Homework 2-2

Due October 8, 2015, 9:00 am


If a problem is marked as “(Independent)”, you may only discuss the problem with course staff. Otherwise, you are free to discuss the concepts that will help you solve the problems with classmates as well as course staff. However, you are never allowed to simply copy answers.

Task 1

Look at the following Python program (the numbers to the left of the line are line references and not part of the program):

numOfPC = 10
numOfMac = 4
inventory = [numOfPC, numOfMac]

def addOne(num):
  result = num + 1
  return result

numOfPC = addOne(numOfPC)
inventory[1] = addOne(inventory[1])
  1. Without actually running the program in Python, write down your prediction of the values of the variables numOfPC, numOfMac, and inventory after the program has executed lines 3, 9, 10, and 11. (Hint: when in doubt, review the way we reasoned about programs in class and follow it religiously).
  2. Now open IDLE. Under the File menu in the top left corner, click on New Window (or simply press Ctrl+N on your keyboard). This should open up a new file as we saw in class. Type in the program.
  3. By inserting some print statements, modify the program so that when you execute it, you can see what are the values of the variables numOfPC, numOfMac, and inventory after lines 3, 9, 10, and 11.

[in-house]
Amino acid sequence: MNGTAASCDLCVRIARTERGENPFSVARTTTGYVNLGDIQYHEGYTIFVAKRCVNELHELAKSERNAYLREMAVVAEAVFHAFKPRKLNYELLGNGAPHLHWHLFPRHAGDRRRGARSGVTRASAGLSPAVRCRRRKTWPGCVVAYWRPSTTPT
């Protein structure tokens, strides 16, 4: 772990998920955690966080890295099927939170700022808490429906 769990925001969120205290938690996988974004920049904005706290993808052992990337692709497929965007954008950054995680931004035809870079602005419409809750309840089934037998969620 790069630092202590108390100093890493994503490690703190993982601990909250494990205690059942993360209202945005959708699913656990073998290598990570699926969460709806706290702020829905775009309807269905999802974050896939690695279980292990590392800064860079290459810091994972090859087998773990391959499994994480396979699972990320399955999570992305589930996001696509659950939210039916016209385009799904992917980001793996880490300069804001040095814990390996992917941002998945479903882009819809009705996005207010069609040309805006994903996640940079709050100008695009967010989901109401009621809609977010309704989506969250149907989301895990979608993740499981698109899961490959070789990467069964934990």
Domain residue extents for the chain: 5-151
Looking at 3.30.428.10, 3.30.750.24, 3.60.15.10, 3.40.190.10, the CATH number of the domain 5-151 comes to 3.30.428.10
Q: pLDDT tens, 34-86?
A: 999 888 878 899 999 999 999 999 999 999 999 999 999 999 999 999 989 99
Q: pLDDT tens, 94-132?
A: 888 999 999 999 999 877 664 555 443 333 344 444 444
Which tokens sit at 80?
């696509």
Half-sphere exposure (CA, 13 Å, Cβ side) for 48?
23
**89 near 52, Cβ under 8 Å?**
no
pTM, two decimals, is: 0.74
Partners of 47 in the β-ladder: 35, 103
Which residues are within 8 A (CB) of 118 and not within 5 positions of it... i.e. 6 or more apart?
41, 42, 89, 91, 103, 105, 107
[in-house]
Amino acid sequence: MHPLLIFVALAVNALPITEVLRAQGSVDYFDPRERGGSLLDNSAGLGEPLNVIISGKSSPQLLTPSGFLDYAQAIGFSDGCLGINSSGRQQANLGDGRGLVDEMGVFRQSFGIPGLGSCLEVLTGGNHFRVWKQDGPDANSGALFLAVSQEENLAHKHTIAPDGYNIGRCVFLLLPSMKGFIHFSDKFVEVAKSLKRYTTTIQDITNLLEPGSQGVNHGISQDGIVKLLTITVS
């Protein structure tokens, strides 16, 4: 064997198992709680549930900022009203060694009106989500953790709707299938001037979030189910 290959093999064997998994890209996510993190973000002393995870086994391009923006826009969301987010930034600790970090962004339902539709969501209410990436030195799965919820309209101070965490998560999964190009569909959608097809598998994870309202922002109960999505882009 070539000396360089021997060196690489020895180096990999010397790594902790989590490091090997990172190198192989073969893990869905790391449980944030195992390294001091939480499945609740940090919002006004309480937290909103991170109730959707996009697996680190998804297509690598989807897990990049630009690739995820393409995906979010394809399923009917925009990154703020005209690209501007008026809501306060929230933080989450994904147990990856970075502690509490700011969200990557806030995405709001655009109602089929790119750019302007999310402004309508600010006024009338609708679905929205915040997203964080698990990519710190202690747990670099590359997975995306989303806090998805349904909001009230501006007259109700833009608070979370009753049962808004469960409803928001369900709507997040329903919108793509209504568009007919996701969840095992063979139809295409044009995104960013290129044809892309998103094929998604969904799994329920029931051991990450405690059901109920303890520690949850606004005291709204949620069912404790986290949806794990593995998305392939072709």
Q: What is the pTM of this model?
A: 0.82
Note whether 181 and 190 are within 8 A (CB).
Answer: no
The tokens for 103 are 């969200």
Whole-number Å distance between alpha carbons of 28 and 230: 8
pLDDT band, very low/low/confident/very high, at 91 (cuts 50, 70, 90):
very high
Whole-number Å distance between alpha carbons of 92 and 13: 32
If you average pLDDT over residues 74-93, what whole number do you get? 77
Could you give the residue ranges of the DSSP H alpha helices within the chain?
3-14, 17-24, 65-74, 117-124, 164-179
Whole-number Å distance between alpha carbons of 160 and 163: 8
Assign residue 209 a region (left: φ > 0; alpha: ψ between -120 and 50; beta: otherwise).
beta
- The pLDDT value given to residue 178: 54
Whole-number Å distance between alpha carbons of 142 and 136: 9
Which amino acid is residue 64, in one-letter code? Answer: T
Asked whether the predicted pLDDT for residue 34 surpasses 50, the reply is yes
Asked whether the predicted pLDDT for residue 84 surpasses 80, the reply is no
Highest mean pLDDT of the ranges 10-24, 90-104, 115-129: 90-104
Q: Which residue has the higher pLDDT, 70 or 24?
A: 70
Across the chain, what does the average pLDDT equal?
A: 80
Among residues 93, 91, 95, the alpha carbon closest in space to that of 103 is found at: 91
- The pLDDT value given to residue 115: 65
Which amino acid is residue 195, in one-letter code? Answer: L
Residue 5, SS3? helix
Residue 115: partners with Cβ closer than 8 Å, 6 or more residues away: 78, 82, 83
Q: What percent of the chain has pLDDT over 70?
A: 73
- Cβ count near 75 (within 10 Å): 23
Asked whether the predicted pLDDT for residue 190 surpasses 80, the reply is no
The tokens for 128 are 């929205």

4. Save your program and name it FirstLast_HW2-2_Task1.py. (You need to hand in this program.) Then press F5 to run the program. Do the outputs match your prediction from the first question? If there is a difference, try to explain it. If not, explain your reasoning. Write this solution, as well as your original guesses in a text file called FirstLast_HW2-2_Answers.txt

Task 2

Copy the stencil code for this assignment to your computer

Write your answers in the text file you used in Task 1. Throughout the stencil code, there are several commented numbers (#1, #2, etc.) scattered around. For each of these break points, we want you to do the following:

~List every user-defined variable and function that currently exists at that line.

~Each variable's type (int, float, string, etc. For lists, specify list type, i.e. list(string), list(int), etc.)

~Each variable's value (for example, 1, 3.14, ["a", "b", "c"], etc.)

If this is still a little confusing, look at the example in the stencil. Once you've finished, double-check your answers by adding print() statements at each break point to see what the variables actually are, like what you did for task 1. Just as in task 1, if the program outputs do not match your prediction, be sure to explain why; you don't have to explain your reasoning if your guesses are correct.


Rename your Python file FirstLast_HW2-2_Task1.py and your text file FirstLast_HW2-2_Answers.txt and share them both with cs0931handinfall2015@gmail.com .

Note: Before you turn in your Python files, make sure they run without any errors (Save your Python file. Then select Run > Run Module or hit F5 on your keyboard)! If nothing appears in the Shell, don't worry as long as no red error messages appear. If they don't run, i.e. if red stuff starts appearing in the shell, points will be taken off!